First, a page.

Genetic studies in model organisms such as yeast, worms, flies, and mice leading to lifespan extension suggest that longevity is subject to regulation. In addition, various system-wide interventions in old animals can reverse features of aging. To better understand these processes, much effort has been put into the study of aging on a molecular level. In particular, genome-wide microarray analysis of differently aged individual organisms or tissues has been used to track the global expression changes that occur during normal aging. Although these studies consistently implicate specific pathways in aging processes, there is little conservation between the individual genes that change. To circumvent this problem, we have recently developed a novel computational approach to discover transcription factors that may be responsible for driving global expression changes with age. We identified the transcription factor NFkappaB as a candidate activator of aging-related transcriptional changes in multiple human and mouse tissues. Genetic blockade of NFkappaB in the skin of chronologically aged mice reversed the global gene expression program and tissue characteristics to those of young mice, demonstrating for the first time that disruption of a single gene is sufficient to reverse features of aging, at least for the short-term.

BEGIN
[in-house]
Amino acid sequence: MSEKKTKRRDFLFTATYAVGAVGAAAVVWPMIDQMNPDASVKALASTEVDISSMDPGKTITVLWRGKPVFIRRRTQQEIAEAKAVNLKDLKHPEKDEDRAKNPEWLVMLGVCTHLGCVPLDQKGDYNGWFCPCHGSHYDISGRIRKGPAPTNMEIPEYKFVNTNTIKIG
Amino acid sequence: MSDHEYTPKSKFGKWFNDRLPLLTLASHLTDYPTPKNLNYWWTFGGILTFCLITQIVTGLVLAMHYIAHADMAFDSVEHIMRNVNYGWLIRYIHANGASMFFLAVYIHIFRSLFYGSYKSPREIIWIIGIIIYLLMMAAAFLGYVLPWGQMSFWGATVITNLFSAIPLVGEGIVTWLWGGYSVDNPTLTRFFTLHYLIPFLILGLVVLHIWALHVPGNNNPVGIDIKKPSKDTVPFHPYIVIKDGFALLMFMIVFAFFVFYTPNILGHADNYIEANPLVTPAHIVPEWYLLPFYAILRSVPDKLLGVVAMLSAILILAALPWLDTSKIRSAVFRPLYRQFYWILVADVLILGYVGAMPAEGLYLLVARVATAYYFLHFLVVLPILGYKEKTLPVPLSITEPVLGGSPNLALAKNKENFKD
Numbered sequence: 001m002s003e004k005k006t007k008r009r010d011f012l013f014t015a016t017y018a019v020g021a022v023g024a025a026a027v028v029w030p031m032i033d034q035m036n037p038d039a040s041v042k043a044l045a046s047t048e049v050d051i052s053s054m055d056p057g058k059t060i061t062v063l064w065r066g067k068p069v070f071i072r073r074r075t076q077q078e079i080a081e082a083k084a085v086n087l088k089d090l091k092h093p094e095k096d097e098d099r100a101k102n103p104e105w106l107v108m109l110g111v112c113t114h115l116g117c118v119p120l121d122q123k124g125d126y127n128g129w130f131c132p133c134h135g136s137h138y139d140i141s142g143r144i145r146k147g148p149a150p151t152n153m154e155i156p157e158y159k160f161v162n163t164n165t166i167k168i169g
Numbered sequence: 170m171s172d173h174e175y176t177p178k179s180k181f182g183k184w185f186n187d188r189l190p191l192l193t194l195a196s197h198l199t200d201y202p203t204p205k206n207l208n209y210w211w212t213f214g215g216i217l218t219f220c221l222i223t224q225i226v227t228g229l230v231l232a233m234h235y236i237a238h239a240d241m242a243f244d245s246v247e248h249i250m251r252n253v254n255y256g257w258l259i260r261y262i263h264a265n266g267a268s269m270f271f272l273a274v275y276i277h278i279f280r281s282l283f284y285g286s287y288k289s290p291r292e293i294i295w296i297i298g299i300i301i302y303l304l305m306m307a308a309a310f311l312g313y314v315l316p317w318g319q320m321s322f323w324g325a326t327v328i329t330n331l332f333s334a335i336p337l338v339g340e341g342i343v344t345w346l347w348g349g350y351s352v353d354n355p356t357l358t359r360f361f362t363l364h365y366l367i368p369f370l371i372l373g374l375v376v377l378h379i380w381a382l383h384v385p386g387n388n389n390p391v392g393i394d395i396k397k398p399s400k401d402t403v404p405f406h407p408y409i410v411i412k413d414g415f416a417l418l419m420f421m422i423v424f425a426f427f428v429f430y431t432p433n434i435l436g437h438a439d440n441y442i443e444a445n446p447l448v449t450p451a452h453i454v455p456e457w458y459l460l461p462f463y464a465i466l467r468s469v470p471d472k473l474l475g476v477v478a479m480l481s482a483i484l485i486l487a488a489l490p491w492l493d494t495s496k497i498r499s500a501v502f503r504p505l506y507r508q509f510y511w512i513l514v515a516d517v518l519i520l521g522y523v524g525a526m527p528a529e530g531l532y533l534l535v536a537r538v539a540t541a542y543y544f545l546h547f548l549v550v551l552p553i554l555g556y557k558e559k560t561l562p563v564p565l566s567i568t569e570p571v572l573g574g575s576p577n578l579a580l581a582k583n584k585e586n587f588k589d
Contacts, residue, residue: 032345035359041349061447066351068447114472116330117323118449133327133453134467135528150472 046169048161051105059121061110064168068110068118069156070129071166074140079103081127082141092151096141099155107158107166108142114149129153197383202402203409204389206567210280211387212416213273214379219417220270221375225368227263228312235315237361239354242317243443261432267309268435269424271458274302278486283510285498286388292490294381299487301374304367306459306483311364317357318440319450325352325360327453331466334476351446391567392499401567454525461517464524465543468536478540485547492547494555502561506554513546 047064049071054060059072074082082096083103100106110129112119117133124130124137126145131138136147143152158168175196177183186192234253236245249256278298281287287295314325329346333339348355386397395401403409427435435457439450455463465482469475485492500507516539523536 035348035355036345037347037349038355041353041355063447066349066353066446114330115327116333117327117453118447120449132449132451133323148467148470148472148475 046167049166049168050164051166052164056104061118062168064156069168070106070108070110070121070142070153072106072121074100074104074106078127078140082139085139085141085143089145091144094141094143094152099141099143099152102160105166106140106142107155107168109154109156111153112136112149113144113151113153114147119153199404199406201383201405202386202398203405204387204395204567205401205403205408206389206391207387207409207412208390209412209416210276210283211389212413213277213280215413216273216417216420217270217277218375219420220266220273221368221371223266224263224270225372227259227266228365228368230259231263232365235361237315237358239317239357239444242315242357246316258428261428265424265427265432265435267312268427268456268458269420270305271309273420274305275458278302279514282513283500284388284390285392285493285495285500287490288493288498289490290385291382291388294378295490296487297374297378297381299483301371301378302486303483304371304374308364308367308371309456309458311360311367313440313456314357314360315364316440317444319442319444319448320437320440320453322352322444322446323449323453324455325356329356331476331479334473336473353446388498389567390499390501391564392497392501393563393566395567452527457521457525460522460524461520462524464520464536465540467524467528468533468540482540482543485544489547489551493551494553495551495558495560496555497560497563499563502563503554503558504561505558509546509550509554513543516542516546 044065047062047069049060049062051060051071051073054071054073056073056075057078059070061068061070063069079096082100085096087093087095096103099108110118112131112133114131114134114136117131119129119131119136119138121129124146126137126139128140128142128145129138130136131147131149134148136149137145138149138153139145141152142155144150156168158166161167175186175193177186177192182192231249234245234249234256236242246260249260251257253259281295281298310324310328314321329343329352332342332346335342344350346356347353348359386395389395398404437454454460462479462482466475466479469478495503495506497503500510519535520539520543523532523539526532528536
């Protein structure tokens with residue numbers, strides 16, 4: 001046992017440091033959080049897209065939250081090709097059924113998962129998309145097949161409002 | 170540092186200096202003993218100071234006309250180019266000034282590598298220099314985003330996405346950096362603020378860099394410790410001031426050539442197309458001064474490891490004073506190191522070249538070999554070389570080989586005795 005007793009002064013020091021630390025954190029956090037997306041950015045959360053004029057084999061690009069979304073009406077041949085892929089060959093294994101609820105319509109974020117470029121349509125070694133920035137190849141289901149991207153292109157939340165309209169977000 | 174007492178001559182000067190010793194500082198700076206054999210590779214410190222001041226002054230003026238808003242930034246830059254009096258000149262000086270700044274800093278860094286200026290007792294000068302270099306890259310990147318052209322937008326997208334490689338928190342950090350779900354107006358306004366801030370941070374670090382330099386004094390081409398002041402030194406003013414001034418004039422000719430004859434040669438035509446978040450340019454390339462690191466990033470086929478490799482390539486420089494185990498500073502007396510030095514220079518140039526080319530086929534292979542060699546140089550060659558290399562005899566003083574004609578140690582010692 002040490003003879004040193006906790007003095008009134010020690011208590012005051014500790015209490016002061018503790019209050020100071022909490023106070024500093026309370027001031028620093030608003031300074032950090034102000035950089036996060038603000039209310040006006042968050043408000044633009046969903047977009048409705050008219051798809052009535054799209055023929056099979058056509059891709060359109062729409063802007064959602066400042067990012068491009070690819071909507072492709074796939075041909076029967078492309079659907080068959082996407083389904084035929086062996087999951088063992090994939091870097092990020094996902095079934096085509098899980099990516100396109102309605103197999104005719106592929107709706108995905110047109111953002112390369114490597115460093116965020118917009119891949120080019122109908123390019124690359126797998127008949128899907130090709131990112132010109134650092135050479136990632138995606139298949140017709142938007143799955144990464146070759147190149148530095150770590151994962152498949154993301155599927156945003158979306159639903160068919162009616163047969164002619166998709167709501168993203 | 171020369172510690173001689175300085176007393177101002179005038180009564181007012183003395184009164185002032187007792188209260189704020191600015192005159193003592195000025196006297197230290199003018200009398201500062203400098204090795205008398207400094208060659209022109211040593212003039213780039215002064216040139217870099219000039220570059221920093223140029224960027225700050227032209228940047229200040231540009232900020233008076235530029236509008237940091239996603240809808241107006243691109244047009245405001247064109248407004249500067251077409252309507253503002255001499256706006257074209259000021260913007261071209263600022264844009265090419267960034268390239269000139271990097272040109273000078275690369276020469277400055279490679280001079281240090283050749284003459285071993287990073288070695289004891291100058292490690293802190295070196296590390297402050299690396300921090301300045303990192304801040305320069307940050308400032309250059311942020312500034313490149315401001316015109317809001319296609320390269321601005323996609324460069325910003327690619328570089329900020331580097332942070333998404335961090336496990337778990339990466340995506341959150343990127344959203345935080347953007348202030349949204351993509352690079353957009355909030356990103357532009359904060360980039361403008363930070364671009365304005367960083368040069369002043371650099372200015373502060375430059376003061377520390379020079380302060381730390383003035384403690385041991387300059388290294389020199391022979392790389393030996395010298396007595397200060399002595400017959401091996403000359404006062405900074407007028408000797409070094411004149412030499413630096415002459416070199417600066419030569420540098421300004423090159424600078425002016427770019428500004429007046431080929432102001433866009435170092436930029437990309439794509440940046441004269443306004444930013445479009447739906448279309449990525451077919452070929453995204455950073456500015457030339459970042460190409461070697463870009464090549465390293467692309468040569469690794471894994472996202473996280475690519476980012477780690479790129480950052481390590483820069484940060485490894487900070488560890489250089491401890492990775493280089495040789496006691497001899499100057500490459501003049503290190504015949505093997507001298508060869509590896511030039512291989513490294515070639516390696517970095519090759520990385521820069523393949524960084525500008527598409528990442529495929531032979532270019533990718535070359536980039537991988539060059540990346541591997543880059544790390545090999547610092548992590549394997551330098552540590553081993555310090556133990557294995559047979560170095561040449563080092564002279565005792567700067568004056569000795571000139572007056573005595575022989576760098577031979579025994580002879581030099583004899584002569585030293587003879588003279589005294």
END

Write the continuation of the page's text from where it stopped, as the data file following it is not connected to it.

View details for PubMedID 18256548